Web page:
Once both sides have presented their cases, the board will conclude. Their decision is not open for negotiation. Although it is final, you may appeal their decision by filing a lawsuit against the county appraisal district in Texas district court. Always keep the timeline in mind – make sure you have answered the question: when does a Texas property tax protest have to be resolved?
While it is possible to protest your property taxes on your own, professional help is available. An experienced property professional can work with you to build a case to improve the likelihood of walking away with a reduced tax bill.
There are several advantages of working with a professional. Firstly, the hassle, headache, and stress that comes with protesting your property taxes are diminished. It just takes a few minutes of your time to provide some basic information so that your professional team can get started. You can relax and sit back while professionals do all the work.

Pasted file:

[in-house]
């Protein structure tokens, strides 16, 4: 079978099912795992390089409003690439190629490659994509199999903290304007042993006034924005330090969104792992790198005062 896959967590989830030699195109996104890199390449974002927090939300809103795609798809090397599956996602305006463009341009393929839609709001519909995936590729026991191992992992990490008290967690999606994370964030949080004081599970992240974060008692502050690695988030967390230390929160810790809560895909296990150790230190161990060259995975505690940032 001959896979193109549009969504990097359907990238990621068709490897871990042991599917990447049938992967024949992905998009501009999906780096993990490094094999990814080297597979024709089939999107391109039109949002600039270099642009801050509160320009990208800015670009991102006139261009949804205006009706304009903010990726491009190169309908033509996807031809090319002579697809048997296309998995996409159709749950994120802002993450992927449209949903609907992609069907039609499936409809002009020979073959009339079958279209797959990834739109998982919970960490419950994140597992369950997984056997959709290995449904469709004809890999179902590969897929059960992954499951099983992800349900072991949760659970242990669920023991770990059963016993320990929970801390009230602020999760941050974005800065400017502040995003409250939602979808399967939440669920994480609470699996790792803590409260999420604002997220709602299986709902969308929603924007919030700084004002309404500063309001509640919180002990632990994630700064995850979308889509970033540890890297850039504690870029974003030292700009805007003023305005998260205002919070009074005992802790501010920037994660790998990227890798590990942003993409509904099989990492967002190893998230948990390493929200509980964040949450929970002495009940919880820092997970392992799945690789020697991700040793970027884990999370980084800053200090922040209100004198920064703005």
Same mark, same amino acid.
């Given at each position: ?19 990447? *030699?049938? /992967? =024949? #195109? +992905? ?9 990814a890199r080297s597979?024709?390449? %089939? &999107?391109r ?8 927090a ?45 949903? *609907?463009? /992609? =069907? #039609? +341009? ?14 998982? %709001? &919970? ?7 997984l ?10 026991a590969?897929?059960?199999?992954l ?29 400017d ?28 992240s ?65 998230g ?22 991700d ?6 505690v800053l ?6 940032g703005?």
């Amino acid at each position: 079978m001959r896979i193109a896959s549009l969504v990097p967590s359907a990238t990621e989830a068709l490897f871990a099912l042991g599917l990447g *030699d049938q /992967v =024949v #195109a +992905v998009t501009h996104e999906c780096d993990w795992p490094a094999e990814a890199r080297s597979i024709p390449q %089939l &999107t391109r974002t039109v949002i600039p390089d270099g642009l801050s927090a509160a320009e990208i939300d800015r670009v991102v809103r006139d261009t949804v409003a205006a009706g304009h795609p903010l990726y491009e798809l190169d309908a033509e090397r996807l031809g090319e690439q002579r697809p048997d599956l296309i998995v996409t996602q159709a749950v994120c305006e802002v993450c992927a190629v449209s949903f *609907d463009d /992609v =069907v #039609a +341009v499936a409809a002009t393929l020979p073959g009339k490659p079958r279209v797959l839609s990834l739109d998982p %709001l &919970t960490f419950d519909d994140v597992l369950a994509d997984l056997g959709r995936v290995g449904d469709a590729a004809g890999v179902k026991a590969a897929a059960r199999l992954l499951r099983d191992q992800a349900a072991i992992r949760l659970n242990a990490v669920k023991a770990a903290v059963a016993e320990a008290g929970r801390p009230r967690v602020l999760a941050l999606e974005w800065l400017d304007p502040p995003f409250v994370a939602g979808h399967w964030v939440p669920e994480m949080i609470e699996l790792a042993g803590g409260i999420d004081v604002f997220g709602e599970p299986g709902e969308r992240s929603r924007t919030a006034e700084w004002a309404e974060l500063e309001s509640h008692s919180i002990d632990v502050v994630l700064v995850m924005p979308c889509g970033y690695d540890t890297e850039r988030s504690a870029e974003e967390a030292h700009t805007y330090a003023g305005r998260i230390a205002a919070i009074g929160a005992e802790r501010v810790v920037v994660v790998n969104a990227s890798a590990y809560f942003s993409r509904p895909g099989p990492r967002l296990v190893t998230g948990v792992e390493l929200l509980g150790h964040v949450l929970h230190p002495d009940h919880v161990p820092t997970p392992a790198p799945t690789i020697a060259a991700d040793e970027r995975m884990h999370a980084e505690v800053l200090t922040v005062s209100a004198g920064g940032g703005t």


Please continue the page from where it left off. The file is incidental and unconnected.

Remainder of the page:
Secondly, the decision of a property tax appeal is only valid for the year in question. With a professional team behind you, you’ll not have to worry about when to file your Texas property tax protest each year – the experts will prepare everything for you in plenty of time.
At Home Tax Shield, we have some of the lowest rates in the industry. Our annual fee is $30, and we will retain 30% of your tax savings. Working with us offers a much higher success rate than protesting taxes on your own, and we can typically get you a much higher reduction in taxes.
Head over to our website to hear first-hand from our clients how Home Tax Shield has helped them save each year.
Mar 3rd 2022